MARSHALL - When St. Cloud State and Southwest Minnesota State meet today in the Ag Bowl, the Huskies and Mustangs will get their first taste of live football.
Southwest Minnesota State head coach Cory Sauter says the Mustangs are ready to start the 2013 season after participating in training camp the last three weeks.
"I would say that we're very anxious to get out there and actually play a game," Sauter said. "We have put in a lot of work and ... add to that ... the weather. I just think we're ready to play because we feel the excitement of it being that time of year."
Kickoff is slated for 6 p.m. at Mattke Field at the Schwan Regional Event Center. The game is the season opener for both teams.
Sauter said he will be looking to see how SMSU reacts to game situations.
"I think we'll find out quite a bit about ourselves (today)," Sauter said. "I am looking to see the intensity that's required to play in the Northern Sun. I want to see what we're going to be like as a team. Are we going to stick together when things go good? I want to see how we will respond from that. I also want to look our players in the eyes and see if they have the desire to compete."
Junior quarterback Charlie Kern will be making his first start and will have the protection of five experienced senior offensive linemen - center Brandon Puffer, tackles Kyle Johnson and Alex Sedrel and guards Jake Thiel and Justin Knakmuhs.
"We feel good about our five guys up front because that is where everything starts,"?Sauter said. "(With having all of them back), you couldn't ask for a better situation, especially with (quarterback)?Charlie Kern getting his first start, knowing that he has five guys in front of him who are going to battle for him."
Sauter says the offensive line will be instrumental in holding SMSU's offense together.
"They have high expectations for themselves," Sauter said of the Mustangs' offensive linemen. "We want to make sure that we protect our passer and create running lanes for our running back. They can help us eliminate missed assignments because, a lot of times, teams that lose beat themselves."
The Huskies, who are traditionally a pass-happy team, feature Phillip Klaphake at quarterback. He completed 178 of 303 passing attempts for 2,760 yards with a touchdown-to-interception ratio of 28-to-6. Klaphake returns as St. Cloud State's top rusher, carrying the ball 141 times for 607 yards (4.3 yards per carry) and nine touchdowns.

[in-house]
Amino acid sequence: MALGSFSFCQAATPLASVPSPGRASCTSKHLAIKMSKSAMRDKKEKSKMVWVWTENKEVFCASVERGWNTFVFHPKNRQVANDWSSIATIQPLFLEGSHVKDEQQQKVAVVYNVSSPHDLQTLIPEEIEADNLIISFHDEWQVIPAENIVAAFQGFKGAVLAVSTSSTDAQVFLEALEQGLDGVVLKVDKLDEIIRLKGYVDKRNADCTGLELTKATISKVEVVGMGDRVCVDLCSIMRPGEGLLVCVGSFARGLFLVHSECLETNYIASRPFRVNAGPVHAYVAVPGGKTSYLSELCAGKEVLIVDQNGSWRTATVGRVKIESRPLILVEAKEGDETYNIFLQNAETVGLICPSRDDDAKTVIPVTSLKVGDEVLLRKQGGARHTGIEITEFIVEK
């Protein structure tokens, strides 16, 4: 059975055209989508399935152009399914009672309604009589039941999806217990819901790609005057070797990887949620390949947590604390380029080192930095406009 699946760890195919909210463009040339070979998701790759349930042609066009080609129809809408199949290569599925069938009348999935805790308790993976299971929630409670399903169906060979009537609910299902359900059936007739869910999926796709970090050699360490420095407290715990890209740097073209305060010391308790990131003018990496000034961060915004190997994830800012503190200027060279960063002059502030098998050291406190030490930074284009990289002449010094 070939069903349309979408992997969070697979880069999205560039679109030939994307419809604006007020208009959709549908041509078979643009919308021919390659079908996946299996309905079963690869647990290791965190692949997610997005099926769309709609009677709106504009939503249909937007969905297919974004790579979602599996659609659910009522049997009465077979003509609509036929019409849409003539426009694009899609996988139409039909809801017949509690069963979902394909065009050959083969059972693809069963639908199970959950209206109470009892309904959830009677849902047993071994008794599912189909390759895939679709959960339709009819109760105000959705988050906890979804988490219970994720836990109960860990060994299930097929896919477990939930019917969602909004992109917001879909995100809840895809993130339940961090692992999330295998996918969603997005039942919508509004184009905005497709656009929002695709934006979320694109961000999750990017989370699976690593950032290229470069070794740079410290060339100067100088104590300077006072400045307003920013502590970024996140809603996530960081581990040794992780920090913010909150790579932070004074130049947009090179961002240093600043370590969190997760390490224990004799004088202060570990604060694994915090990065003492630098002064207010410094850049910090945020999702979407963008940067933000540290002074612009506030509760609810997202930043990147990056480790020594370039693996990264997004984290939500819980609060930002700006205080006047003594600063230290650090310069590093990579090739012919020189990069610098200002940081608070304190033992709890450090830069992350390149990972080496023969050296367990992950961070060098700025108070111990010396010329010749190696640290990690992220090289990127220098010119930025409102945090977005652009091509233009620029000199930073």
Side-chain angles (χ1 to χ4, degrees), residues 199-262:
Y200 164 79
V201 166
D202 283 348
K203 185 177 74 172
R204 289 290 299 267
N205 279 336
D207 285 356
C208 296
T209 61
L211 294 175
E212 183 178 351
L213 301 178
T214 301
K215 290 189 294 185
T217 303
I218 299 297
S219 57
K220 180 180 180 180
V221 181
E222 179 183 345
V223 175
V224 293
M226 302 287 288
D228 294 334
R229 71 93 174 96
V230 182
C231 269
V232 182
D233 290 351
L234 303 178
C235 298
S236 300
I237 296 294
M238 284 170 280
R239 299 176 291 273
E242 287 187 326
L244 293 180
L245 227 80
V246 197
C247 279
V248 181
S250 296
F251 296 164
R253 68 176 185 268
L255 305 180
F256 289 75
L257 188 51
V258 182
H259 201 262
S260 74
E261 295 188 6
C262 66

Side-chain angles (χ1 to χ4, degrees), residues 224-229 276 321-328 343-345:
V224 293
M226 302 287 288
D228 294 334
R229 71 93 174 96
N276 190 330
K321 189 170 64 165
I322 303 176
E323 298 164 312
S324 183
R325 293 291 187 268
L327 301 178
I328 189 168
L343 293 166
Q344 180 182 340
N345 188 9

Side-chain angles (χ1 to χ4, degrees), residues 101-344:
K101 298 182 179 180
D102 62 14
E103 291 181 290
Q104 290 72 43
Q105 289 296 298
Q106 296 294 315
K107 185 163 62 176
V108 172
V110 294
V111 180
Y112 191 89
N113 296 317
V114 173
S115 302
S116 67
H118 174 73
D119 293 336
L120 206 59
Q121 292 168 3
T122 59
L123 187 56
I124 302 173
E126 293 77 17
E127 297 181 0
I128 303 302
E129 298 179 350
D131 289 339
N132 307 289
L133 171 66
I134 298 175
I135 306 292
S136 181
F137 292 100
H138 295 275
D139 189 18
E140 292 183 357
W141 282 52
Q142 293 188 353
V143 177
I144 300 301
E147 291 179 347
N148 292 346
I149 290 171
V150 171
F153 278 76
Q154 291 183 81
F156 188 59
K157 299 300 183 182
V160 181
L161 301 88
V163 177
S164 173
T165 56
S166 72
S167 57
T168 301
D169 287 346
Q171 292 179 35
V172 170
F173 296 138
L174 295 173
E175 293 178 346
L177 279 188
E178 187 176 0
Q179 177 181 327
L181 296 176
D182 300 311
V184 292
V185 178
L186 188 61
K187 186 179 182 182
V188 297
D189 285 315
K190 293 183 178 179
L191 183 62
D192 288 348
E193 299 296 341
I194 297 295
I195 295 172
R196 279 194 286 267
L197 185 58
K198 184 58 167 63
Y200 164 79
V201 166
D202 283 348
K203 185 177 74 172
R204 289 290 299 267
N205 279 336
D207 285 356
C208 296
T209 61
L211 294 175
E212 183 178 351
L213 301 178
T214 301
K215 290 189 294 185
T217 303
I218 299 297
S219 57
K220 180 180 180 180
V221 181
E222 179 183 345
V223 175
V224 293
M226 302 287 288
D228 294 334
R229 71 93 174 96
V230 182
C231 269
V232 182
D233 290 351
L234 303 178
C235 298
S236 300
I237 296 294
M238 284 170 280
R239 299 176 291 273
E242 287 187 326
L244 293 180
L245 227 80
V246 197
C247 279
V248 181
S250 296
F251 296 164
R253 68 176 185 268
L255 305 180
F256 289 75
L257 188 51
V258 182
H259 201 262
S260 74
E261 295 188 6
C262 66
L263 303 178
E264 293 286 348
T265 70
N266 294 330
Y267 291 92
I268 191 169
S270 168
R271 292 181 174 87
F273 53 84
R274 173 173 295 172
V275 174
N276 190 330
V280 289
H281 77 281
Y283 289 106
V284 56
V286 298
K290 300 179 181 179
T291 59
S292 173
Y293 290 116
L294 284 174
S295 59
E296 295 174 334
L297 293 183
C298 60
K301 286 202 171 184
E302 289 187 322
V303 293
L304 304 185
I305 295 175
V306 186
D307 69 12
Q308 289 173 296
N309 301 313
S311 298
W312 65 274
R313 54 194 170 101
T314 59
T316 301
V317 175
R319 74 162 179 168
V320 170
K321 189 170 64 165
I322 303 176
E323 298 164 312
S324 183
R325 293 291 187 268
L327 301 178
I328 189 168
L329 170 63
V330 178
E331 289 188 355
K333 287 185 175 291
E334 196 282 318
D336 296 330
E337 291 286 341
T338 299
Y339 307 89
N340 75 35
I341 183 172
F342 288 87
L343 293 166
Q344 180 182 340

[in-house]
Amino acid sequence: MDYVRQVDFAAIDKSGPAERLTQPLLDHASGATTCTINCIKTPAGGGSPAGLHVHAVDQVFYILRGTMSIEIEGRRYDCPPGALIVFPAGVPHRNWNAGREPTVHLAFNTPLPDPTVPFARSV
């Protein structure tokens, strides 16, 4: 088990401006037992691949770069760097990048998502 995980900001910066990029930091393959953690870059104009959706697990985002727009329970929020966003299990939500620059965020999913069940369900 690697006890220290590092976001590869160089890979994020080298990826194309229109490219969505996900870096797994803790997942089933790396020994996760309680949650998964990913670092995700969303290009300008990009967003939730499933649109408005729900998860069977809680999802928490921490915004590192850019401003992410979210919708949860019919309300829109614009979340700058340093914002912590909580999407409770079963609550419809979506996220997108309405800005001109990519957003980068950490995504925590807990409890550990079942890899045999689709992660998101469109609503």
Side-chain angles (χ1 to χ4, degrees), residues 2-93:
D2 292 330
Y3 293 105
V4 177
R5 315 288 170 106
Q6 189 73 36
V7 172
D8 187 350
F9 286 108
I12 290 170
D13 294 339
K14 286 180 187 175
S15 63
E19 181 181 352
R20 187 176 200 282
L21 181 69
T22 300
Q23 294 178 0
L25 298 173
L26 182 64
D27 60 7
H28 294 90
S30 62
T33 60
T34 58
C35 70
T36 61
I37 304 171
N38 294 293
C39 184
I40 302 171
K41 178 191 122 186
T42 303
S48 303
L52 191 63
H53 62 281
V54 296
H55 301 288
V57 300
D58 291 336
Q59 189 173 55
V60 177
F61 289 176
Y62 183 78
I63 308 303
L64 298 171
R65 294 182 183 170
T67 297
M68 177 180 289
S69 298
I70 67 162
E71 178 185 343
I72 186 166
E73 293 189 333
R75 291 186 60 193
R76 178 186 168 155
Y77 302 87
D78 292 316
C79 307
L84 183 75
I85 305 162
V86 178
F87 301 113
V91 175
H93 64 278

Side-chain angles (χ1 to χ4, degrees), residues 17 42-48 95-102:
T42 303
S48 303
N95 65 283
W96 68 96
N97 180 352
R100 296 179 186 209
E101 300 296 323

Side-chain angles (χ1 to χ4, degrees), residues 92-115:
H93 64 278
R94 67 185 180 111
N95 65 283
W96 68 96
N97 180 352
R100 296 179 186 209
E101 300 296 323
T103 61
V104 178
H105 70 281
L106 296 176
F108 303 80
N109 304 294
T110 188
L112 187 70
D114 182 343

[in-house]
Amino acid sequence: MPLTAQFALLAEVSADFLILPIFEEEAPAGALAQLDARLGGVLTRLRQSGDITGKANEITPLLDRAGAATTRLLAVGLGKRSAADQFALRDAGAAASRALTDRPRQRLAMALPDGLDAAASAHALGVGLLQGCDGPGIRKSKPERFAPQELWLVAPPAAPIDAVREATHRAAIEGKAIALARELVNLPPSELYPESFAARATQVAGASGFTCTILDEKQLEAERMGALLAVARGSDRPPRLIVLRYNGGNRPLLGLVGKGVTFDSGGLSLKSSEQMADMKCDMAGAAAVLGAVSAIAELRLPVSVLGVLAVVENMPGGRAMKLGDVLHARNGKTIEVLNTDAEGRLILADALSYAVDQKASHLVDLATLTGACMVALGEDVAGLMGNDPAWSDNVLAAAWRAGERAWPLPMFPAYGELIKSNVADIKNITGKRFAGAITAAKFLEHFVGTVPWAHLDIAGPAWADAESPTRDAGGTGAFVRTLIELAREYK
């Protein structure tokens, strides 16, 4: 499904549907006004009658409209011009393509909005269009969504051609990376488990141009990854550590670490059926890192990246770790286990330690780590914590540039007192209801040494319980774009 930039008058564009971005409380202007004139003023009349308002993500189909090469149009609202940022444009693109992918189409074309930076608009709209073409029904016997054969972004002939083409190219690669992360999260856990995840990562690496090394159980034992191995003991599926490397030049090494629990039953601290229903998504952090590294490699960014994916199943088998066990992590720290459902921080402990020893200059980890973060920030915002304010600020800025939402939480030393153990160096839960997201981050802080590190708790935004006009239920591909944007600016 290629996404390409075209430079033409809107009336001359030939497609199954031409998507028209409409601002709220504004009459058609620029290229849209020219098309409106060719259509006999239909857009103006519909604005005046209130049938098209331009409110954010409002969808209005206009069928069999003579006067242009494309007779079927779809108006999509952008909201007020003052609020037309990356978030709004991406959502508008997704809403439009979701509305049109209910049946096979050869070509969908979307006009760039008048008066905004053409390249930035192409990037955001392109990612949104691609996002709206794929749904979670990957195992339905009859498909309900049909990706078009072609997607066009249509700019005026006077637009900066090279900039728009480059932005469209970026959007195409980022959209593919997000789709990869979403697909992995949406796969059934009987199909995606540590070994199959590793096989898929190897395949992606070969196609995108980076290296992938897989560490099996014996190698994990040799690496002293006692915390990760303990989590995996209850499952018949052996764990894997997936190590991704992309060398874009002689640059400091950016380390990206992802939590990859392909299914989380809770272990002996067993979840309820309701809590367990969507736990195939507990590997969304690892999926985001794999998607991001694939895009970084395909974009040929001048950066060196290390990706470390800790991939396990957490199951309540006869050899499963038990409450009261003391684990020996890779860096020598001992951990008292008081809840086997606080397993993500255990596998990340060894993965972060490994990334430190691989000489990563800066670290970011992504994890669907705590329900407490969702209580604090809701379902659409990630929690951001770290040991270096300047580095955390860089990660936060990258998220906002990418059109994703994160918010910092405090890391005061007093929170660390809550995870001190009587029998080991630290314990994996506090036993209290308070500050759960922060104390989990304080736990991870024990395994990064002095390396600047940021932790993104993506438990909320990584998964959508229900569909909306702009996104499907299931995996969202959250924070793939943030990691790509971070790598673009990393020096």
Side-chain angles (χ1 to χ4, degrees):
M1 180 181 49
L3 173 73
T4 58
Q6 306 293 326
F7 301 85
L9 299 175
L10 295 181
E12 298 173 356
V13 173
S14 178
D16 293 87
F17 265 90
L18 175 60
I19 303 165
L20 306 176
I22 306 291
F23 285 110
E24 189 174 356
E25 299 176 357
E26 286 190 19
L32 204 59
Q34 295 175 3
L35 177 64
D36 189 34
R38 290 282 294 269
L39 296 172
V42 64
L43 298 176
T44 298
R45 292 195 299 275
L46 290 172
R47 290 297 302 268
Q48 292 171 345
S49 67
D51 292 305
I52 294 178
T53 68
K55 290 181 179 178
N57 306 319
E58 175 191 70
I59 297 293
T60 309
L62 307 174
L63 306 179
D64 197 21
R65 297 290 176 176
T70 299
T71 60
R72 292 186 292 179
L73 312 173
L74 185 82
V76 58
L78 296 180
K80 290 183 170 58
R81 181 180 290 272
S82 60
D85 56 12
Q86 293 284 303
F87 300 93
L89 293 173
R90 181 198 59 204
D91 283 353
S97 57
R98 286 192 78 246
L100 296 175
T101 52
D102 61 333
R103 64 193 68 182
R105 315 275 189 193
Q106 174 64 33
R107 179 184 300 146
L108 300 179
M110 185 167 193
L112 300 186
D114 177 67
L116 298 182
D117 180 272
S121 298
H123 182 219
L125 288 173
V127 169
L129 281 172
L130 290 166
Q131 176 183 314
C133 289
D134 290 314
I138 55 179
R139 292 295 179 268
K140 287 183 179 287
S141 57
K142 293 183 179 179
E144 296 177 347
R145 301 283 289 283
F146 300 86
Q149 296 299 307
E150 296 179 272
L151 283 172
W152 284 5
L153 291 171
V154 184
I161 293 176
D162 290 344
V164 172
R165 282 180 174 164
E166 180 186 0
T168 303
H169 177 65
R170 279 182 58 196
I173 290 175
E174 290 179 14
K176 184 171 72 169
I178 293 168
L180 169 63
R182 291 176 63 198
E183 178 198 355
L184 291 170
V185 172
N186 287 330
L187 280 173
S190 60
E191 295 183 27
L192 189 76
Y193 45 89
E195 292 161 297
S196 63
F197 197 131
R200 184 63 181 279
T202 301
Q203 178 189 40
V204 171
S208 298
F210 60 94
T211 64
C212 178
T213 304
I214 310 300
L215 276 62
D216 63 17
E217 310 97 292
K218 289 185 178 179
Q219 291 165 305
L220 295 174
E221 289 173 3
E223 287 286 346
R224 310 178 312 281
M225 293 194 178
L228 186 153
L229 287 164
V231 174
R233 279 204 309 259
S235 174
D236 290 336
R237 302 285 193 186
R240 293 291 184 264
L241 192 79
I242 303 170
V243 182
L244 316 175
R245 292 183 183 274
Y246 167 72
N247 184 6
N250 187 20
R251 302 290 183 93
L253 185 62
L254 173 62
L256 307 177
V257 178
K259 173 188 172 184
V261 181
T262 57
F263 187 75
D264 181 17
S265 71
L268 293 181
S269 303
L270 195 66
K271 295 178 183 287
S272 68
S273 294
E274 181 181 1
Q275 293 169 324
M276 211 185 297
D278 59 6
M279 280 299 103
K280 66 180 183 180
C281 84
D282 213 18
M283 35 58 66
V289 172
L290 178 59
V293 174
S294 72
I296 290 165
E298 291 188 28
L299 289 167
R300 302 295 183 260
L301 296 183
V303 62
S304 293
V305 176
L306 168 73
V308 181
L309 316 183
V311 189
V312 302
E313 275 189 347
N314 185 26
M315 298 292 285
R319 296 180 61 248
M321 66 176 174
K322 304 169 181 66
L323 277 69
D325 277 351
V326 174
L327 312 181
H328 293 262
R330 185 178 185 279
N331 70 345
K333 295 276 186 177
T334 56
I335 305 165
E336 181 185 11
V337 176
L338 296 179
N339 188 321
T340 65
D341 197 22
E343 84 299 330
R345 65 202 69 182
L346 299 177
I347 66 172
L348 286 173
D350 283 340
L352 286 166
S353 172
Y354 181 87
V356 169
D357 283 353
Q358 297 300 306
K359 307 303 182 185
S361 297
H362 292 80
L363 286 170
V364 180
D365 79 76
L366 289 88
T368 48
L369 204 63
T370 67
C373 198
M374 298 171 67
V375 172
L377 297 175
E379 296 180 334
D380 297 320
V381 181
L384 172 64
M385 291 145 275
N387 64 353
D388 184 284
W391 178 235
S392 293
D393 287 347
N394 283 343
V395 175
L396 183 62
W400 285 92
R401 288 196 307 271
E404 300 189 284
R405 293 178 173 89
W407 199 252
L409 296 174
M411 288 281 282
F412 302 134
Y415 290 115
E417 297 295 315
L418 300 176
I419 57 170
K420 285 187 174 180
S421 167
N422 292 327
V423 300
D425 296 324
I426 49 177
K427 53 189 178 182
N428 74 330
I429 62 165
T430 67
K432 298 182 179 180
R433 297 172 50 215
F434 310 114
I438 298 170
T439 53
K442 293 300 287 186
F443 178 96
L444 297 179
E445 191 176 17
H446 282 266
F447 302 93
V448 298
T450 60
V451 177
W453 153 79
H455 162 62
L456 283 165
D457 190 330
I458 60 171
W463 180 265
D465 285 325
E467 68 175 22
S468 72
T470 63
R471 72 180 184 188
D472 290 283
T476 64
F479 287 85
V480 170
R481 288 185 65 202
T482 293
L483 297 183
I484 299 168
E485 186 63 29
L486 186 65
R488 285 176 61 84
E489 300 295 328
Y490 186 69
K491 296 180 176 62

"St. Cloud has a very good quarterback in Phillip Klaphake. He's about as good as they come in our conference beacause he is a smart kid who can run and throw,"?Sauter said. "St. Cloud is traditionally a shotgun team that runs a lot of no-huddle offense. Very rarely are they going to run a play for negative yardage."
Klaphake was named as the Northern Sun Intercollgiate Conference North Division's Preseason Offensive Player of the Year.
"They have experienced receivers that are all threats because St. Cloud has had guys who can throw the ball and guys who provide protection for them," Sauter said. "On defense, they are usually fairly simple, but they have playmakers that take advantage of mistakes. They have been very good against the pass and they will blitz as much as they need."
Huskies defensive back Jack Moro was picked at the NSIC North Division's Preseason Defensive Player of the Year.
Sauter believes a key matchup will be the Mustangs' secondary against St. Cloud State receivers. SMSU safety Tate Bunkers was named an NSIC Player to Watch this season.
"It's going to be an interesting matchup because, during practice, our defensive backs are going to be a little bit more aggressive because there is no scoreboard associated with practice. If they get beat then, they get beat," Sauter said. "I want to see how they're going to react during a live situation because that will be for real. If we can generate some type of pass rush, that will help out our secondary."
That pass rush could come from SMSU defensive end A.J. Page, who made 66 tackles and had three sacks in 2012.
"Controlling the line of scrimmage is going to go a long way in determining the outcome of this game," Sauter said. "If the game is being played on our half of the line of scrimmage, that will not be a good situation. If we're controlling the line of scrimmage, then that is when our running backs can turn five-yard runs into 50-yarders."
Sauter is happy with the overall health of the Mustangs.
"We have a couple of game-time decisions on a few guys as far as some guys on our defensive line," Sauter said. "We have practiced with a lot of different guys in case certain guys can't play. I feel good about the group of guys we have going out there on our offense and defense."